Accordingly, one aspect of the invention provides a method for treating cancer comprising administering to a subject in need thereof a pharmaceutically effective amount of a microcystin. Non-limiting examples of cancers to be treated are hepatocellular cancer, gastrointestinal cancer, lung cancer, gastric cancer, colon cancer, pancreatic cancer, gall bladder cancer, breast cancer, glioblastoma, and metastatic cancers and intraperitoneal disseminations thereof. The cancer is preferably hepatocellular cancer, gastrointestinal cancer, or non-small cell lung cancer. The microcystin can be a heptapeptide with the basic structure cyclo (D-Ala-X-erythro-β-methyl-D-iso-Asp-Y-Adda-D-iso-Glu-N-methyldehydro-Ala), where X and Y represent variable amino acids, and Adda is the β-amino acid, 3-amino-9-methoxy-2,6,8-trimethyl-10-phenyldeca-4,6-dienoic acid. Preferably, X and Y are L amino acids. More preferably, X is leucine and Y is either arginine, phenylalanine, or tryptophan.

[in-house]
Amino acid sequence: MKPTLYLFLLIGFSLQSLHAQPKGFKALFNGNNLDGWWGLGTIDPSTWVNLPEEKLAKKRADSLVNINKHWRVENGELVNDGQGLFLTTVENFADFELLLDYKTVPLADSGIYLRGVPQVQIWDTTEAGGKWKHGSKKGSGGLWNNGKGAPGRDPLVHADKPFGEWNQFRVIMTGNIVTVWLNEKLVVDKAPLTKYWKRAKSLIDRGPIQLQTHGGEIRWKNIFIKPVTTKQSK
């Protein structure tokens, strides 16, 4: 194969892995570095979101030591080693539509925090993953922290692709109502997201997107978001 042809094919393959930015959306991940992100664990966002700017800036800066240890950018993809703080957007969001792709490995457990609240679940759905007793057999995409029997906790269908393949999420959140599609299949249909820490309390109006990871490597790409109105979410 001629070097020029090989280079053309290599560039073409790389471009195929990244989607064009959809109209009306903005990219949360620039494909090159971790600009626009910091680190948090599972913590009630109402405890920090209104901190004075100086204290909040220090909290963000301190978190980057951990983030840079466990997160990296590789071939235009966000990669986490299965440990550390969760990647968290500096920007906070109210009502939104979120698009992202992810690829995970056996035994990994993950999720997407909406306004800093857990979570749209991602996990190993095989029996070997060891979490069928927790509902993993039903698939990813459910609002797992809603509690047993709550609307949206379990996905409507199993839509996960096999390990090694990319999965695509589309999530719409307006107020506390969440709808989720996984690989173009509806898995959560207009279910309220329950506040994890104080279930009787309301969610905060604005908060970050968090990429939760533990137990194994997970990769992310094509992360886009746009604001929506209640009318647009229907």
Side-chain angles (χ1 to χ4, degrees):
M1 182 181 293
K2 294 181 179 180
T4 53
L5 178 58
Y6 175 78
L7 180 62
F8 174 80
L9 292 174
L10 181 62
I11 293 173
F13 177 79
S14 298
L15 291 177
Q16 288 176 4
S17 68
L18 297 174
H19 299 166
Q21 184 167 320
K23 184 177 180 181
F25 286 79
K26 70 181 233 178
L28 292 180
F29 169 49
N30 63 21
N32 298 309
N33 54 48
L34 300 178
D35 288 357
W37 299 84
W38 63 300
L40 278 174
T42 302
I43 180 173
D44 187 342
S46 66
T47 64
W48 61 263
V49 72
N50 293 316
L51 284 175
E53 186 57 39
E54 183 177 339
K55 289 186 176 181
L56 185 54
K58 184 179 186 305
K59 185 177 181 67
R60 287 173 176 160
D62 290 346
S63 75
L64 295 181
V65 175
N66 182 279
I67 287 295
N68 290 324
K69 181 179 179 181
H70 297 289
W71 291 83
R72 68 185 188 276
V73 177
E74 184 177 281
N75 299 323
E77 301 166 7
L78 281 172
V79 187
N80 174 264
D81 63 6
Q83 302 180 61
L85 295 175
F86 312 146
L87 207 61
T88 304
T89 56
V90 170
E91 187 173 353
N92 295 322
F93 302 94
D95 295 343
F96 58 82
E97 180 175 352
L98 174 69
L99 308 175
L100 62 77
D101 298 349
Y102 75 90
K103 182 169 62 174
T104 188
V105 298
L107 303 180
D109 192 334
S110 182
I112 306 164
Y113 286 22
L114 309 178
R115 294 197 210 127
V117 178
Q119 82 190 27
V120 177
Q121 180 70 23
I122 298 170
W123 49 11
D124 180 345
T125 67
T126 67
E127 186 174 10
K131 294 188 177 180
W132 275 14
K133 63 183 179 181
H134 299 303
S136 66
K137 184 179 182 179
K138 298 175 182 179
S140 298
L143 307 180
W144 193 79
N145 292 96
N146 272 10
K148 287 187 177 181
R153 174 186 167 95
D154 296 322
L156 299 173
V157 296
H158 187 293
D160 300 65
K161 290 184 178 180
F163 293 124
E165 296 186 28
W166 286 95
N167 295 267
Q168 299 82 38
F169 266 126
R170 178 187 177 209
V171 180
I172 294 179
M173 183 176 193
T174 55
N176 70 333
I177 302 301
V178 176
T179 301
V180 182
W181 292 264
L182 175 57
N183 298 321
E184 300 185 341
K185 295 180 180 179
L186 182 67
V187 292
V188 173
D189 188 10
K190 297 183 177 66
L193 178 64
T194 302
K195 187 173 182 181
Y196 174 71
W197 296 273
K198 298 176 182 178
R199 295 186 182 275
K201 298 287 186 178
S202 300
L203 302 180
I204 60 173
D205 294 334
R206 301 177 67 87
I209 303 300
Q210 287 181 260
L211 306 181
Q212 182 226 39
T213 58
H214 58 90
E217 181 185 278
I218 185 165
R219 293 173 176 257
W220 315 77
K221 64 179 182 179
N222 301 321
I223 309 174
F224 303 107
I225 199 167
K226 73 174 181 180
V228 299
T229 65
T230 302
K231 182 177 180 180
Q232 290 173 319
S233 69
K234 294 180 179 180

Another aspect of the invention contemplates a combination therapy wherein a microcystin is used in combination with other cancer treatment modalities as known in the art.

The present invention also provides a method of screening for a microcystin with improved cytotoxicity, using cells transfected with at least one of OATP1B1 and OATP1B3. Preferably, the cells are transfected with OATP1B3.

BRIEF DESCRIPTION OF THE FIGURES

FIG. 1. Scatter plots displaying the expression levels of OATP1B3 (A), THTR2 (B) and OATP1A2 (C) for each of the 19 individual lung tumors (▴) and normal tissue (▪) pairs. The solid line shows the median of the data set, whilst the dotted lines display the expression level in a reference sample from a normal tissue known to express the gene of interest. The data presented are expression level of each individual sample following normalization to β-actin.